How Emotional Intelligence and Brain Plasticity Can Combat Narcissism
By Vanessa Benjamin
This article discusses How Emotional Intelligence and Brain Plasticity Can Combat Narcissism. Is it true that once a narcissist always a narcissist? Well, there may be ways to use emotional intelligence to transcend narcissistic tendencies for those who are willing to do the work.
It’s commonly accepted and believed that once narcissist, always a narcissist. I know that when I was first diagnosed, it felt like I was cursed with a terminal disease. After all, it is a personality disorder and those with personality disorders rarely seek help nor do they stay in treatment. As a result, rarely, if ever do they overcome the problem. In reality, the Narcissistic Personality Disorder, when broken down to its bare bones, is a set of extremely maladapted behaviors and perceptions. The good news is that perceptions and behaviors can be changed, altered and modified through persistent discipline and practice.
HOW TO USE BRAIN PLASTICITY TO DEVELOP EMOTIONAL INTELLIGENCE
The brain can essentially be broken into three compartments: the neocortex where the analytical/rational frontal lobe resides; the limbic system/emotional center; and, the reptilian brain where the more primal survival responses occur. According to a blog post for Heartmanity
titled: “What Is Emotional Intelligence?
” by Enid R. Spitz, the brain first processes sensory input emotionally in the limbic system then travels to the neocortex where it is analyzed using the brain’s higher reasoning faculties.
Dr. Parthenia Grant points out that “those with personality disorders stay stuck in a loop designed to win, by hook or crook, because winning is more important to them, than being right or elevating the discussion beyond flawed, dichotomous arguments devoid of critical thinking. Nor do they stop to examine whether their beliefs, feelings or assumptions are true or even rational. Instead, they argue with facts and stats, while clinging to the status quo and to their own faulty, preprogrammed social conditioning connected to the collective unconscious.” In fact, you can literally debunk their faulty perceptions with a barrage of contradictory research and they will not budge out of the irrational emotional loop that keeps them locked into the limbic system, unable to make that critical transition into the neocortex, thereby leaving them unable to move beyond emotional bias and into understanding,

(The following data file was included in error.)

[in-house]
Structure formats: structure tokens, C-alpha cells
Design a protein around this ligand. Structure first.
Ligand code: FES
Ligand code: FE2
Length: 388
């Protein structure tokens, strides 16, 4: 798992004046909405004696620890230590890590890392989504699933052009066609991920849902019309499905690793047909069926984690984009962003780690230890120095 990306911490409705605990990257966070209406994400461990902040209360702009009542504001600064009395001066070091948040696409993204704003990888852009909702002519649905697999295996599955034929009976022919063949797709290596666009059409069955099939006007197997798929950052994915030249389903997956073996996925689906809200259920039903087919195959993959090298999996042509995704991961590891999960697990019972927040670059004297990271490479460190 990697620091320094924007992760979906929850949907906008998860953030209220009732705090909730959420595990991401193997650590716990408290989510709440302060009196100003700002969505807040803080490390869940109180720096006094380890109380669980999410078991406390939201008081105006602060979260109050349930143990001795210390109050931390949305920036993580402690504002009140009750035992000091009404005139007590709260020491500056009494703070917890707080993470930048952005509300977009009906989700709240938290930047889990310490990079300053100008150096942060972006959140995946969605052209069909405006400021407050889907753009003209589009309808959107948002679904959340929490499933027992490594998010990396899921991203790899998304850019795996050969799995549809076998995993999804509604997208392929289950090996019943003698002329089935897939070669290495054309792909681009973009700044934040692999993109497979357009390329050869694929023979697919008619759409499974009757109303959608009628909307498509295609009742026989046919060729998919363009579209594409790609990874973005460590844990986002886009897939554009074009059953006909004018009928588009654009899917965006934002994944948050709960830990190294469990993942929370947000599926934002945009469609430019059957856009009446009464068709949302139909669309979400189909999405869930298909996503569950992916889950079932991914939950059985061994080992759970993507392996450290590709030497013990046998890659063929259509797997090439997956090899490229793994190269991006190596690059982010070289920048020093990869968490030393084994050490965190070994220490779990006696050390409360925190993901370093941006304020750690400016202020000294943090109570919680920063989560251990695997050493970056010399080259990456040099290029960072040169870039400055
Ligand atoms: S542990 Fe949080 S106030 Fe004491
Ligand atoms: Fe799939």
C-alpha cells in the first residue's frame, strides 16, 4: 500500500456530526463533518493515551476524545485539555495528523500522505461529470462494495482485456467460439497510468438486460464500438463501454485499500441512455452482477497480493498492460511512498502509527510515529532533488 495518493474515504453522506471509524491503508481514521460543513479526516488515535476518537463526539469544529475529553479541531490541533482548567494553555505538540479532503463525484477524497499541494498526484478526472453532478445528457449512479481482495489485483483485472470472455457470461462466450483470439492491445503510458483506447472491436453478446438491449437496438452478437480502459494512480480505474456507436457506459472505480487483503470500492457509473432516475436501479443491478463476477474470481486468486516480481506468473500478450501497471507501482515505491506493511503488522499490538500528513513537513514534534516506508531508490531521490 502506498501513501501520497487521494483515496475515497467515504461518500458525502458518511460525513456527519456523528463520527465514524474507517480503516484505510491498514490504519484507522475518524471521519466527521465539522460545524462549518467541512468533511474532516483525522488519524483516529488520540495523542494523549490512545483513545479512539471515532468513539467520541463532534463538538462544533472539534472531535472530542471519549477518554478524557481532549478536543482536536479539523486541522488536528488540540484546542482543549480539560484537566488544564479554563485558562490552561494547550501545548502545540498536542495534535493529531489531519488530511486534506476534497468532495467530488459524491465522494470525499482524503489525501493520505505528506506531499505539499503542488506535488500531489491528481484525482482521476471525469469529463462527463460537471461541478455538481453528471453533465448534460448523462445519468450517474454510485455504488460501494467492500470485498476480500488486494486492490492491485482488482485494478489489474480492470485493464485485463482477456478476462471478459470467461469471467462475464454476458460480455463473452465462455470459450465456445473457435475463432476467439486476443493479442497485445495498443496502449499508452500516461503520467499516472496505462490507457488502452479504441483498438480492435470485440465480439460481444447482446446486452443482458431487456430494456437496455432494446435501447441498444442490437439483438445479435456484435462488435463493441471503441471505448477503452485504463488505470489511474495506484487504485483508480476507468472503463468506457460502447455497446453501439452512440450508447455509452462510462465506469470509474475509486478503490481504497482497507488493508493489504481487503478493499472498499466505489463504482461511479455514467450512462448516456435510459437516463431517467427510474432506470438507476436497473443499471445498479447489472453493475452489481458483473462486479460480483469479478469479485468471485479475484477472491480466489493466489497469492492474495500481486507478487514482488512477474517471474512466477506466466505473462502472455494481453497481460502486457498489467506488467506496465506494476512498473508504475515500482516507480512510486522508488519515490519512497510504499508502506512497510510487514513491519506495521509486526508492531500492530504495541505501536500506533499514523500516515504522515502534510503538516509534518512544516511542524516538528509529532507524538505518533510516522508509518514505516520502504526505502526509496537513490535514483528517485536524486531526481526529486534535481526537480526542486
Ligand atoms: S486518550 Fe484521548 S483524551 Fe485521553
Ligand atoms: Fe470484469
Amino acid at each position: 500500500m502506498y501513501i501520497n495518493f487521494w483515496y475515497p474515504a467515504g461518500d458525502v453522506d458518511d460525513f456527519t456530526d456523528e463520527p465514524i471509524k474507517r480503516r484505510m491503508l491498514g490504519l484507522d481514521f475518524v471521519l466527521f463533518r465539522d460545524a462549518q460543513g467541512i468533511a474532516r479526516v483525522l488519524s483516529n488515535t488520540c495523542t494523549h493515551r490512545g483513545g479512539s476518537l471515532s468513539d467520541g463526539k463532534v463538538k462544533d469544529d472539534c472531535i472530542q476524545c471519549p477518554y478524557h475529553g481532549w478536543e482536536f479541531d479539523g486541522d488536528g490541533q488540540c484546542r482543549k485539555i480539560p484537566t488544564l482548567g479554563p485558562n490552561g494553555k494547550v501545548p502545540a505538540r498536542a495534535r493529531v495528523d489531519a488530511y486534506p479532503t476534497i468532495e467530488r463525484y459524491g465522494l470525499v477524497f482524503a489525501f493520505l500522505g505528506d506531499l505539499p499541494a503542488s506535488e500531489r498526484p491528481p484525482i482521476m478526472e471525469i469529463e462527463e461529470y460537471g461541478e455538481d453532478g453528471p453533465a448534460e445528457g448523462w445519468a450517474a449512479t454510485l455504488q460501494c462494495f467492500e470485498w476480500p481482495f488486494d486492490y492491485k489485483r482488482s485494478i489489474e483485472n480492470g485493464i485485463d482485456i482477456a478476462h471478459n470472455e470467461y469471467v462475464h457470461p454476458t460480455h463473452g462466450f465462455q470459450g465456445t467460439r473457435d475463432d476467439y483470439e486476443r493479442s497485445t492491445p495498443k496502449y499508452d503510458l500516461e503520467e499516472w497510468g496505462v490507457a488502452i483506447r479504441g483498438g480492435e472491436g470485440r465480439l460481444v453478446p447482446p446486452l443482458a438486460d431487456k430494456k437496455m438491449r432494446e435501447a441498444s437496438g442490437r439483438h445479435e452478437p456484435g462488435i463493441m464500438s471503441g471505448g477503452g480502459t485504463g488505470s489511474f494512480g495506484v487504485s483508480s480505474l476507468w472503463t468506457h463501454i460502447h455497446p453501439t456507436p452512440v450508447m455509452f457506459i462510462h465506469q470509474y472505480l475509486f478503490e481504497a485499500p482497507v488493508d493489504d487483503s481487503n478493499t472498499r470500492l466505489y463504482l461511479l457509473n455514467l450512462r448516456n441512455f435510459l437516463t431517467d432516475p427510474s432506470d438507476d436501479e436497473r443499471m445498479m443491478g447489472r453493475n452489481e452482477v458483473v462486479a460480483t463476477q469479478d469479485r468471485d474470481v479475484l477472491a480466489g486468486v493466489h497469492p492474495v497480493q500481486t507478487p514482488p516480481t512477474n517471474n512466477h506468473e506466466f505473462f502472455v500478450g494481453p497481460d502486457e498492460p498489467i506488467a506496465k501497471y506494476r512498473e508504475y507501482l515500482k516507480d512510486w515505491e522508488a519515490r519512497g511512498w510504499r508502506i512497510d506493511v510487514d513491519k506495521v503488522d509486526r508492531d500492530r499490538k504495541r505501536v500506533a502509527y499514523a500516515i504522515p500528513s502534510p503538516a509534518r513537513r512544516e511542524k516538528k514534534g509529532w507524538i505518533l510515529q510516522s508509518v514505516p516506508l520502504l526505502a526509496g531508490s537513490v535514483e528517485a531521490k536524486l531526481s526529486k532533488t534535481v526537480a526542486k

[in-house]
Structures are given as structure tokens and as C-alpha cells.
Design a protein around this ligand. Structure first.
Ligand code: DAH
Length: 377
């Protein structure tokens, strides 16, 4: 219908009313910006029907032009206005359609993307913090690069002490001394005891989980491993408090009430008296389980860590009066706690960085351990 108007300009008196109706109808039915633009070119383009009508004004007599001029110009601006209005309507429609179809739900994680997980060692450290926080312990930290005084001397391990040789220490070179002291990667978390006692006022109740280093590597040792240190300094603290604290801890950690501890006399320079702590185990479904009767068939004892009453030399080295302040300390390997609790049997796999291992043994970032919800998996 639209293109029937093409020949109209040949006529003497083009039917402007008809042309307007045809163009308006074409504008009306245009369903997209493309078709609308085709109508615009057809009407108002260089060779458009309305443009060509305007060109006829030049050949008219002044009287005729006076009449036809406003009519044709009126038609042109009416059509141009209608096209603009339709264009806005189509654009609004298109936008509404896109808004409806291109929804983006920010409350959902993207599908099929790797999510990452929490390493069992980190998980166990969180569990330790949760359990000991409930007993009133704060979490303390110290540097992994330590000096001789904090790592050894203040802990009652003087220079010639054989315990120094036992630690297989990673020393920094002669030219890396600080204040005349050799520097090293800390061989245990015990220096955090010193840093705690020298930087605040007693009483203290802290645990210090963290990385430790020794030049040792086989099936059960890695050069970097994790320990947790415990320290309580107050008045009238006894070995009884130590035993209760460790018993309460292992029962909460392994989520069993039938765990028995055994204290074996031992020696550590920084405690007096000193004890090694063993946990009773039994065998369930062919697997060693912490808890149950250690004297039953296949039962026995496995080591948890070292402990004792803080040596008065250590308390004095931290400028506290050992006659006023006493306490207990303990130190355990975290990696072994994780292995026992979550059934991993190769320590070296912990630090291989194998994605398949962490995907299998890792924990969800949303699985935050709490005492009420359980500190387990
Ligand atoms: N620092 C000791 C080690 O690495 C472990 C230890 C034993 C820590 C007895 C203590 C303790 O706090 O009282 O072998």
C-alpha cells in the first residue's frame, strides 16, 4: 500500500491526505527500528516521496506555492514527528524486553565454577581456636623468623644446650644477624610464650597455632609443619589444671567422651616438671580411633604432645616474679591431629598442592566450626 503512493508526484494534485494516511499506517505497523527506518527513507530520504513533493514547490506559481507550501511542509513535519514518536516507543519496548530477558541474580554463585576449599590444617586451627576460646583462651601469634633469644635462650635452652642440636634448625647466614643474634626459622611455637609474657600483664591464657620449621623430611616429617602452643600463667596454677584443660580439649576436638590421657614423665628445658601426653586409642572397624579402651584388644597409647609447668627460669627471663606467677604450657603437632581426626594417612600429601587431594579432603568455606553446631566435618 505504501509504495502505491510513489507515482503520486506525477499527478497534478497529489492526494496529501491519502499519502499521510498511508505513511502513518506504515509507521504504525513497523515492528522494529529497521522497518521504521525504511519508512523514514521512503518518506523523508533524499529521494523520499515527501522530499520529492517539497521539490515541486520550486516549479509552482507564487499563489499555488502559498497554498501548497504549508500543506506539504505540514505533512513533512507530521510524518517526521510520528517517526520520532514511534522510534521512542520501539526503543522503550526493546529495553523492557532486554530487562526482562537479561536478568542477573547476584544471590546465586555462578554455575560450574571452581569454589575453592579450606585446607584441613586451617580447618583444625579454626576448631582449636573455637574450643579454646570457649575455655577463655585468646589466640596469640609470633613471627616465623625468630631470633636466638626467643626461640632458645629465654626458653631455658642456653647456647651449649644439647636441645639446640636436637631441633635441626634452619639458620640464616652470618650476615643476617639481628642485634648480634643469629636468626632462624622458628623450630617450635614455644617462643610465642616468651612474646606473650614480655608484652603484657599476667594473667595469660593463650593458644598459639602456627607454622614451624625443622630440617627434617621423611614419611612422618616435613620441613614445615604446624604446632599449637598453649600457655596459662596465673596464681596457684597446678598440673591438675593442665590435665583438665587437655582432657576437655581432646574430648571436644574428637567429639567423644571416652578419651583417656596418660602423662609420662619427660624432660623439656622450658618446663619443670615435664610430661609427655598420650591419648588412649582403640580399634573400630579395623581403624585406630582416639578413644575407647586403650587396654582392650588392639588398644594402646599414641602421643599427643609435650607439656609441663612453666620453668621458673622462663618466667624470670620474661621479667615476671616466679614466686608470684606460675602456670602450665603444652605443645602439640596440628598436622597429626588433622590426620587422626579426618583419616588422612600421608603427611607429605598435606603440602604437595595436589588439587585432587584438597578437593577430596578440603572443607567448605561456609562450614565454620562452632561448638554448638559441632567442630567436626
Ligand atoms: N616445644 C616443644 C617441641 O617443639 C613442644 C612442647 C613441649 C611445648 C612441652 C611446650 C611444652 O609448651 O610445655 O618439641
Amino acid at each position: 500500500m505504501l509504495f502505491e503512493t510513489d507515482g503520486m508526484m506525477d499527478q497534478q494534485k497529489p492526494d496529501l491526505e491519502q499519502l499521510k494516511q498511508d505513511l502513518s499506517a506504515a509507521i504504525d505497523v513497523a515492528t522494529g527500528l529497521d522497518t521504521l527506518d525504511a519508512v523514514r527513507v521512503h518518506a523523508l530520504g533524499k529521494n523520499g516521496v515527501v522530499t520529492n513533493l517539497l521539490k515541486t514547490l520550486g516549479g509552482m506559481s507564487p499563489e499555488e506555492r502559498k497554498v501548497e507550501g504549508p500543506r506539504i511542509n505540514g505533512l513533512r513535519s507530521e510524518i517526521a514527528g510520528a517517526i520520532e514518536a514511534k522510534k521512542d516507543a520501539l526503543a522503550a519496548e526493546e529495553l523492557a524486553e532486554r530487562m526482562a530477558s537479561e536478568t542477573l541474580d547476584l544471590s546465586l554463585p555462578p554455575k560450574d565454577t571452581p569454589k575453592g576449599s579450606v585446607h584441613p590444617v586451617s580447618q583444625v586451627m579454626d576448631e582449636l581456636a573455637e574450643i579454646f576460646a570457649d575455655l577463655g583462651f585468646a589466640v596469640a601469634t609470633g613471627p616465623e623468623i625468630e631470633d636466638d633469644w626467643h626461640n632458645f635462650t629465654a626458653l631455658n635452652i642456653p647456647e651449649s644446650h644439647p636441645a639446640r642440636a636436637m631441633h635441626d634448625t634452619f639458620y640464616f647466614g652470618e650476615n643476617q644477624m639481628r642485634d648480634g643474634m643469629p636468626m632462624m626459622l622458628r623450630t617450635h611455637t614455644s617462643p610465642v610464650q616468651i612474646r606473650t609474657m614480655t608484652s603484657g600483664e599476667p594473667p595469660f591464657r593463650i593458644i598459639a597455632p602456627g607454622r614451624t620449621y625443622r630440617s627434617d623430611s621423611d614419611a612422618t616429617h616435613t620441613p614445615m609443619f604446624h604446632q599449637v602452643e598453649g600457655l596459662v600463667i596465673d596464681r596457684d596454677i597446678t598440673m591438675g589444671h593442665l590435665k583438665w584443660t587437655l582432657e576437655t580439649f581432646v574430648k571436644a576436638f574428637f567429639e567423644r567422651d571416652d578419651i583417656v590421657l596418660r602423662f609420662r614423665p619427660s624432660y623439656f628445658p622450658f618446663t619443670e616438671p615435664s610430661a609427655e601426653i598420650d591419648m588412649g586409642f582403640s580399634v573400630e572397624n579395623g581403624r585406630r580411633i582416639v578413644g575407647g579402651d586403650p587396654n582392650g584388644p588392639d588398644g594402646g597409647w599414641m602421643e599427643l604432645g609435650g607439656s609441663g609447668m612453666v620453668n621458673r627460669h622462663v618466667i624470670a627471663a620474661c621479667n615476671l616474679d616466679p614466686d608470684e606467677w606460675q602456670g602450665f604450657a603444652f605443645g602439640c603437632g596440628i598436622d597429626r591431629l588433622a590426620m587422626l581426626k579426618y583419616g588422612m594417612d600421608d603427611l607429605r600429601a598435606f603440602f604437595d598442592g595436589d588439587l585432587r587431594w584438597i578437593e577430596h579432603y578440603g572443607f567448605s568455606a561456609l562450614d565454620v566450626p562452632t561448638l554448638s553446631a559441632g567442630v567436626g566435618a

Going one step further, the mark of true emotional intelligence is one’s ability to not simply use logic, but, according to the research done by the HeartMath Institute
, to start from the heart, since the heart actually governs the brain. Thus, the task for those working to overcome Narcissistic Personality Disorder is to strengthen the pathways between the limbic system and the neocortex while opening the heart. This process takes time, persistent practice, and the intention to become more heart centered. According to Dr. Parhtenia Grant, who developed a course designed to increase emotional intelligence, it takes at least 21 days to retrain and rewire the brain to move into a new, more emotionality intelligent set of behaviors.
K.I.S.S: Keep it Simple Stupid to Develop Emotional Intelligence
On her radio talk show, Divine Love Talk, Dr. Parthenia Grant did a show about the importance of using the (KISS Method) designed to Keep It Simple Stupid to deal more effectively with difficulty, disappointment, and Betrayal. This process can be applied to developing more
emotionally intelligent behavior designed to combat narcissism.
There are four basic pillars to emotional intelligence:
1)Self-Awareness: One of the classic traits of a narcissist is that they can have insight into others, and yet little to no insight into the self. In A Course In Singularity